The family of Pamela Tungamirai, ex-wife to the late national hero Air Chief Marshal Josiah Tungamirai, has said they feel betrayed after the Zanu PF politburo decided not to confer her with national heroine status, as they felt she fitted the criteria described by President Robert Mugabe a fortnight ago.
Zanu PF Women’s League and the party’s Harare provincial leadership also said they were dismayed by the decision not to accord her national heroine status as she played an important role during and after the liberation of the country.
Relatives of the late Tungamirai Sunday said they were hurt by the decision to confer her with the lesser liberation war heroine status as it was a betrayal of her wishes.
The relatives told NewsDay that she had wanted to be interred at the national shrine, failure of which she preferred to be buried at her rural home in Rusape.
A close relative (name supplied) confided to NewsDay:
“She wanted to be buried at the National Heroes’ Acre where her husband is and failure to have that, she said she wanted to be buried at her rural home.
“This is the greatest betrayal and we are not happy at all. How can our relative be equated with musician (Simon) Chimbetu, The late liberation war heroine was a member of the Zanu PF central committee from 1990 to 2009 and MP for Mabvuku/Tafara constituency from 1989 to 2000.
Zanu PF Women’s League boss Oppah Muchinguri told mourners that the league was disappointed that the late Tungamirai was not accorded national heroine status.
Muchinguri said she respected Tungamirai for her fearless nature, saying she was one of the few women in the party who spoke her mind.
The former Manicaland governor said it was unfortunate that “undeserving elements” were finding their way to the national shrine at the expense of deserving people.
Zanu PF Harare province chairman Amos Midzi said the province had recommended Tungamirai for national heroine status but did not know what happened for her not to be accorded the status.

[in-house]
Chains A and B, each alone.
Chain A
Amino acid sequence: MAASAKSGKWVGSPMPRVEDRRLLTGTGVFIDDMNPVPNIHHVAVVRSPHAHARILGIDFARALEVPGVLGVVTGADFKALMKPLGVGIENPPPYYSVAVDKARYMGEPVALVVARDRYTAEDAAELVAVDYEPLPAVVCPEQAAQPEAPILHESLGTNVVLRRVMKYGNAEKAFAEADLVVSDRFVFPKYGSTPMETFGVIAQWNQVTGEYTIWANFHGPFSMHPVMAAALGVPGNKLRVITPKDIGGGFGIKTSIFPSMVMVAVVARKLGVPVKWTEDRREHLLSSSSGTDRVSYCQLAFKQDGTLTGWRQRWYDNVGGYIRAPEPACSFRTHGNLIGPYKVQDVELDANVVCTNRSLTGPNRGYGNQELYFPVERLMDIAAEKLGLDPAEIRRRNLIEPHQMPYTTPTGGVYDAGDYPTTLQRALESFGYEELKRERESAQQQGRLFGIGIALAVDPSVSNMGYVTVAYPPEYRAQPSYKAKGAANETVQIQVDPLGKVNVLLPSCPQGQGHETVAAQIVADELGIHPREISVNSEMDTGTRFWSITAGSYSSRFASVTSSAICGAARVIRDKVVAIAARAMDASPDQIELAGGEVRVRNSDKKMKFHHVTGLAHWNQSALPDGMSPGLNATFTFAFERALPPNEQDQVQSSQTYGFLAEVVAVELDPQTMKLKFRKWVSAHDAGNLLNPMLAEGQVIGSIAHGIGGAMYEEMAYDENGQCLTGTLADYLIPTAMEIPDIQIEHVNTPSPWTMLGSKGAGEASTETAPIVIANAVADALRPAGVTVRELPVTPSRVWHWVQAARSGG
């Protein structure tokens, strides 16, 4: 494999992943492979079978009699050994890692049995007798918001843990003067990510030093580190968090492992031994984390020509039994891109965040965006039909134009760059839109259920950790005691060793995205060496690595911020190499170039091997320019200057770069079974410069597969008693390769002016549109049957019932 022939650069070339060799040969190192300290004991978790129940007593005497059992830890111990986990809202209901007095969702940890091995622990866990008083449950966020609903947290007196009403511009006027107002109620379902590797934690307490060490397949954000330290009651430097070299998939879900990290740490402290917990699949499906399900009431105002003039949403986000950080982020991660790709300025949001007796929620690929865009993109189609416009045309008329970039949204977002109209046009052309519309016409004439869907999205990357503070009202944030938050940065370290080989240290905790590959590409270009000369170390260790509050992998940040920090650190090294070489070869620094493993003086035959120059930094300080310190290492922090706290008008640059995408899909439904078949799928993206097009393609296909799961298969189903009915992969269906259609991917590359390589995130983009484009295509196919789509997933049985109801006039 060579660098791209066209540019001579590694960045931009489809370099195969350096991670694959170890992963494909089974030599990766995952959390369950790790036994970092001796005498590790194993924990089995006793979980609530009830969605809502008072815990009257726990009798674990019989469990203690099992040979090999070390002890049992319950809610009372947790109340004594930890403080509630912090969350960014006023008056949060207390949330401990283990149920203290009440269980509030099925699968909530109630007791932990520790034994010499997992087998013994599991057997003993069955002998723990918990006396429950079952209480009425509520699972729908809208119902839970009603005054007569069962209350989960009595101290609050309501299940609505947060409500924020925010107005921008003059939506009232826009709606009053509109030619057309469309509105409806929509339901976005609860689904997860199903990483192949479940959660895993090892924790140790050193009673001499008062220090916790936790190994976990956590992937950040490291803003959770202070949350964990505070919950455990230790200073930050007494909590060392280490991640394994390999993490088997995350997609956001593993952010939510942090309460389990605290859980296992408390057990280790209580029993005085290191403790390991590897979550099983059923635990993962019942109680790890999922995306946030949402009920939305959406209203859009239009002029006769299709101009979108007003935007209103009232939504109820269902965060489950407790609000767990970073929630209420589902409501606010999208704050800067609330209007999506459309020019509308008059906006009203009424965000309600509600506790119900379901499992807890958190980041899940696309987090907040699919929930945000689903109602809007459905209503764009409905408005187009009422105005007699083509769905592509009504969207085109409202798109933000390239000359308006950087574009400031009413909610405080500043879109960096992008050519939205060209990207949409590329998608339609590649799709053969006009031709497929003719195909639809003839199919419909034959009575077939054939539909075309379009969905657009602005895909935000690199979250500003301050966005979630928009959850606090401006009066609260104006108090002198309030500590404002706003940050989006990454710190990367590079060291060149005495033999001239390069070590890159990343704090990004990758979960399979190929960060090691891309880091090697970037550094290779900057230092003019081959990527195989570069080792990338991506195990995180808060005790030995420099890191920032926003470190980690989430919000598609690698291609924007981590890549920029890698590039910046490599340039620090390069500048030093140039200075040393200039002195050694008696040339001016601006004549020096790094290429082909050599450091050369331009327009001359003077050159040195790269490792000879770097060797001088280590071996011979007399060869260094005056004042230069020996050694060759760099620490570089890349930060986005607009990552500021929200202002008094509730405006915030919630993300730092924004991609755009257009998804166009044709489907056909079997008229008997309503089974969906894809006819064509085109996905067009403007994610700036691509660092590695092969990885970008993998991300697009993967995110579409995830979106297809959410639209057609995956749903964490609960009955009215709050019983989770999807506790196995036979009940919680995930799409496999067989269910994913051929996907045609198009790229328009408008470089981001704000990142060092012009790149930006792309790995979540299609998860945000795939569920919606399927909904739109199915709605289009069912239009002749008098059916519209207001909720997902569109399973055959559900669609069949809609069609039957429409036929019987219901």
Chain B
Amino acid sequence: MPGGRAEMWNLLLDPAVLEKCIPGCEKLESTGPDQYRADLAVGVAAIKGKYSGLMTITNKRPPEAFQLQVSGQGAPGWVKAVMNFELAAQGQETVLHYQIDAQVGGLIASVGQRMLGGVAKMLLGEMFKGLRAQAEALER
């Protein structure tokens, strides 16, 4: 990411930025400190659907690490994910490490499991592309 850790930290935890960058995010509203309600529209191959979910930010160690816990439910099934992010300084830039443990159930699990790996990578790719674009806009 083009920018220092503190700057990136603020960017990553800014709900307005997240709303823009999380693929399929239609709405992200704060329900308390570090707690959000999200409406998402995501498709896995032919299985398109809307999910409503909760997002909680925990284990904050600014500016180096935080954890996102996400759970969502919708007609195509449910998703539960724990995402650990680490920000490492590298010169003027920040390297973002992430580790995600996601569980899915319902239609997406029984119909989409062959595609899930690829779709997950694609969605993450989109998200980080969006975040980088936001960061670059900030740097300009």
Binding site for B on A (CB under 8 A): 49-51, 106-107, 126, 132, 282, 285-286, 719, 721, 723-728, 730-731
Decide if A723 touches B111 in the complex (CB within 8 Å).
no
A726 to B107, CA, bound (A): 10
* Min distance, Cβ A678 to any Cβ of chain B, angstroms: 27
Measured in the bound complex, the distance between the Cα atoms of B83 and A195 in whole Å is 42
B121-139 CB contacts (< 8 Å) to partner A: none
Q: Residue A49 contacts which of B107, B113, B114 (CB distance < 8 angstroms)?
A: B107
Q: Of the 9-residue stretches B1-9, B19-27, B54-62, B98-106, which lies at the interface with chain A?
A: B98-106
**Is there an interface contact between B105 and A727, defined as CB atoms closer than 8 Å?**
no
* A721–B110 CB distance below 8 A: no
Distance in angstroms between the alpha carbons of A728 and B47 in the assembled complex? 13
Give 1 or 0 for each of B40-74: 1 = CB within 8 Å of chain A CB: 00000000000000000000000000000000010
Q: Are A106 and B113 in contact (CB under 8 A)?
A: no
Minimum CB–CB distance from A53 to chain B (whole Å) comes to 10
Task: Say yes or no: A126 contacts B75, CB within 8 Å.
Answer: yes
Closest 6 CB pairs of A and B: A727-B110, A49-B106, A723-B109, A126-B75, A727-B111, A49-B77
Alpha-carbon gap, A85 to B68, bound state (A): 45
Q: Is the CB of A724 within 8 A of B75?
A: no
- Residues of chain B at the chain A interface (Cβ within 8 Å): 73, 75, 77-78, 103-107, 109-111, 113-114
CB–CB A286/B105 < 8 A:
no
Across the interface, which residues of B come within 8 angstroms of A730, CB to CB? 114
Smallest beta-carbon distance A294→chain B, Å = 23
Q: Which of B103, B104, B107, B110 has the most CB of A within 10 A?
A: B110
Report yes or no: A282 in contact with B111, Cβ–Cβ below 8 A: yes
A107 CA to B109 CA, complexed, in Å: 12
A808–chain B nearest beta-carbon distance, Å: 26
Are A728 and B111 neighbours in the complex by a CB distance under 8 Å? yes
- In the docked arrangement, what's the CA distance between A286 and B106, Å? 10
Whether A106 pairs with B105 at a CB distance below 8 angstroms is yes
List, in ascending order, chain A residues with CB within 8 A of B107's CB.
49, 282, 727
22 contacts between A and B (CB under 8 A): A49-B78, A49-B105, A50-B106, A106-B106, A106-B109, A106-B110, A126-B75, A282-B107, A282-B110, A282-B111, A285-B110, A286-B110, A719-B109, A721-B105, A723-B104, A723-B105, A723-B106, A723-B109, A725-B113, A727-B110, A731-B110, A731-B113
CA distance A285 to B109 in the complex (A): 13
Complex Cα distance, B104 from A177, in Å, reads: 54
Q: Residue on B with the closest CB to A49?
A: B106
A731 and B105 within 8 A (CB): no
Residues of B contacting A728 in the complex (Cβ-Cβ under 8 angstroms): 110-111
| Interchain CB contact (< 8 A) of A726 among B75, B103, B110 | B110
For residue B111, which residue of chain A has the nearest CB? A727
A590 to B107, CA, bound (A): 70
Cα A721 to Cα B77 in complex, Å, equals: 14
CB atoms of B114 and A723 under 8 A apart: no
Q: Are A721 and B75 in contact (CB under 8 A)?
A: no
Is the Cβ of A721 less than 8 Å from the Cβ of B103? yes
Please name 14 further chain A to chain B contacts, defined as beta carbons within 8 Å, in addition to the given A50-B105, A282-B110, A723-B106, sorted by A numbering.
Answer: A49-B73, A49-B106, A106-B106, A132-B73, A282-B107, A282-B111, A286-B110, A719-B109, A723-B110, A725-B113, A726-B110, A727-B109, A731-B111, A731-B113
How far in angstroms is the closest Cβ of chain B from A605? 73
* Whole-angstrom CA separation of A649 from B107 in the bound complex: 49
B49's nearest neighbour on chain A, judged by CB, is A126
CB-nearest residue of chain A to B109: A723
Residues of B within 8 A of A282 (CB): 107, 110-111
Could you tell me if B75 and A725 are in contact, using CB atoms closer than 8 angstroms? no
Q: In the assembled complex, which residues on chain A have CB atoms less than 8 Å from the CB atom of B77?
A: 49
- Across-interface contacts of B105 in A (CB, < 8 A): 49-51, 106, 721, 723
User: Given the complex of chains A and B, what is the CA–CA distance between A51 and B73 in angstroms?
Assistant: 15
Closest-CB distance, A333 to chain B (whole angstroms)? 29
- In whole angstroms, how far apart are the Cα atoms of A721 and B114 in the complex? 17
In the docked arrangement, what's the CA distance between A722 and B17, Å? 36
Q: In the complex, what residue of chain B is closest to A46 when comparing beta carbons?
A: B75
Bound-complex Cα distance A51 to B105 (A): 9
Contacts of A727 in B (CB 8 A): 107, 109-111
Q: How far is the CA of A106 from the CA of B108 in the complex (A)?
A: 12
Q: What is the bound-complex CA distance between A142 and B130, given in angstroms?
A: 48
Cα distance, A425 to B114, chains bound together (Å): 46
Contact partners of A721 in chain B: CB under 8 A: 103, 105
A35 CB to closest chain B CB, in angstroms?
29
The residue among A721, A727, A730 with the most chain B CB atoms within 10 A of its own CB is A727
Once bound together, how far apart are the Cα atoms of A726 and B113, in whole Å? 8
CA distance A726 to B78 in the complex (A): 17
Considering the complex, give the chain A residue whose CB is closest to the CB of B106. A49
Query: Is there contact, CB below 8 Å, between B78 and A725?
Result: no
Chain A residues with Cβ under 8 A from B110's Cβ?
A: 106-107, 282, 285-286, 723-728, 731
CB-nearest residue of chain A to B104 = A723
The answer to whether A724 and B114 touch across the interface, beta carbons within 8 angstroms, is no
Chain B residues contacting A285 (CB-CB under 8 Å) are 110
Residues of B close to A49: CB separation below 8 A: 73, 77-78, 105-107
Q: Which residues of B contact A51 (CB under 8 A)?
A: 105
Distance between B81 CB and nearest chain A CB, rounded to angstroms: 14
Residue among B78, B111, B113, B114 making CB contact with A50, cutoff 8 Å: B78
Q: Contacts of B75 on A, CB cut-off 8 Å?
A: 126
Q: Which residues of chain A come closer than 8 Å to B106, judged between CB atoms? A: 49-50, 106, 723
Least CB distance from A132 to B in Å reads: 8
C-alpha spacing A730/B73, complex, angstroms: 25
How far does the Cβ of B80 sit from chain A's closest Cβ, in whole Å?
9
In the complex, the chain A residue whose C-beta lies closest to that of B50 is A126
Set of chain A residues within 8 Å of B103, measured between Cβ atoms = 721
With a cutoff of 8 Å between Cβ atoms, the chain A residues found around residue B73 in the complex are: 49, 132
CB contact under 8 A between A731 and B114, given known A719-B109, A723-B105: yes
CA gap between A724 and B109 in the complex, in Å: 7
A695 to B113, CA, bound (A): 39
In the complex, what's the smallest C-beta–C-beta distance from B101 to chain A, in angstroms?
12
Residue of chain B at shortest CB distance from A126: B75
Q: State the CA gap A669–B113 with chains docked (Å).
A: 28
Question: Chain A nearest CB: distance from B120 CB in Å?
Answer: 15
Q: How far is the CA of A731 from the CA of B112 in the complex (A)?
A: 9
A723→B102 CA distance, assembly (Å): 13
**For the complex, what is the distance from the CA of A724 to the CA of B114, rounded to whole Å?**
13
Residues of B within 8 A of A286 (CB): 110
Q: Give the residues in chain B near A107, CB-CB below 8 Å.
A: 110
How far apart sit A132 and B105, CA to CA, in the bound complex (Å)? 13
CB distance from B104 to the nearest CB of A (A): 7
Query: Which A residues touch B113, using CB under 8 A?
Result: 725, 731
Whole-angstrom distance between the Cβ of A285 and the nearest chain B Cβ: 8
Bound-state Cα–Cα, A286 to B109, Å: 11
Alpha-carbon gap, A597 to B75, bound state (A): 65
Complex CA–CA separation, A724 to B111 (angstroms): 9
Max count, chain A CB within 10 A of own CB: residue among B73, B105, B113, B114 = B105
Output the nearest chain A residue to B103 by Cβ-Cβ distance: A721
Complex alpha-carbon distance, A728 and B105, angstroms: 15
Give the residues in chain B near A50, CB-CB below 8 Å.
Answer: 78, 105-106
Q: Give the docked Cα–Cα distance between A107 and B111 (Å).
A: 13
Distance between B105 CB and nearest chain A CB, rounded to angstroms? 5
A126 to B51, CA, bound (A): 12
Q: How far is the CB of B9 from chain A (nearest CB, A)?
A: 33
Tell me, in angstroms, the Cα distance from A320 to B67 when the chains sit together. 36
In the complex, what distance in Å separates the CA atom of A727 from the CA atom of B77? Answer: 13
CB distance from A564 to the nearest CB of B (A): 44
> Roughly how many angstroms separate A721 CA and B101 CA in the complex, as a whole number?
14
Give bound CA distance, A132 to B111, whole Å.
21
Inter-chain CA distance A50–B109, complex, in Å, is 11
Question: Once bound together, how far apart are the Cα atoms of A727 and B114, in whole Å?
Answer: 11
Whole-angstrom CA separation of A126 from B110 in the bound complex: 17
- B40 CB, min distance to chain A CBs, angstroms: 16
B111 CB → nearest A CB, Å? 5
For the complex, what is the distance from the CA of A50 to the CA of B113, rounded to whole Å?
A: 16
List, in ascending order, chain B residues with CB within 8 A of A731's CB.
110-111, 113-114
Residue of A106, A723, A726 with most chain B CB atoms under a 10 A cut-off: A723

He said Zanu PF secretary for administration Didymus Mutasa should be in a position to give a satisfactory explanation as to why Tungamirai was not accorded heroine status.
“As Harare province we worked together with Comrade Tungamirai and we know her courage during and after the liberation struggle. She worked tirelessly for the party as MP for Mabvuku/Tafara,” said Midzi.
“She would go into the wards to find out what the people wanted — that is why you see people from Mabvuku are here to mourn their heroine.”
Zanu PF Harare district coordinating committee chairperson Jaison Pasadi described Tungamirai as a hard-working person who fought for the empowerment of the people she represented.
“She did a lot for the people, not only the people of Mabvuku/Tafara but the country at large, dating back to the days of liberation struggle,” he said.
During the burial of Zanu PF deputy political commissar Ephraim Masawi on September 30, President Mugabe said anybody who did not fight in the war of liberation should not dream of being accorded hero status and that only Zanu PF would decide who is laid to rest at Heroes’ Acre.
He stressed that the National Heroes’ Acre was not for factory workers and people harbouring such hopes were free to build their own shrine.
“This is a place for people who would have fought for this country, those that brought independence,” he said.
“It’s a place for the freedom fighters and not a place for the holy.”
President Mugabe snubbed the burial of national hero and former Matabeleland North governor Welshman Mabhena at Lady Stanley Cemetery in Bulawayo on Saturday.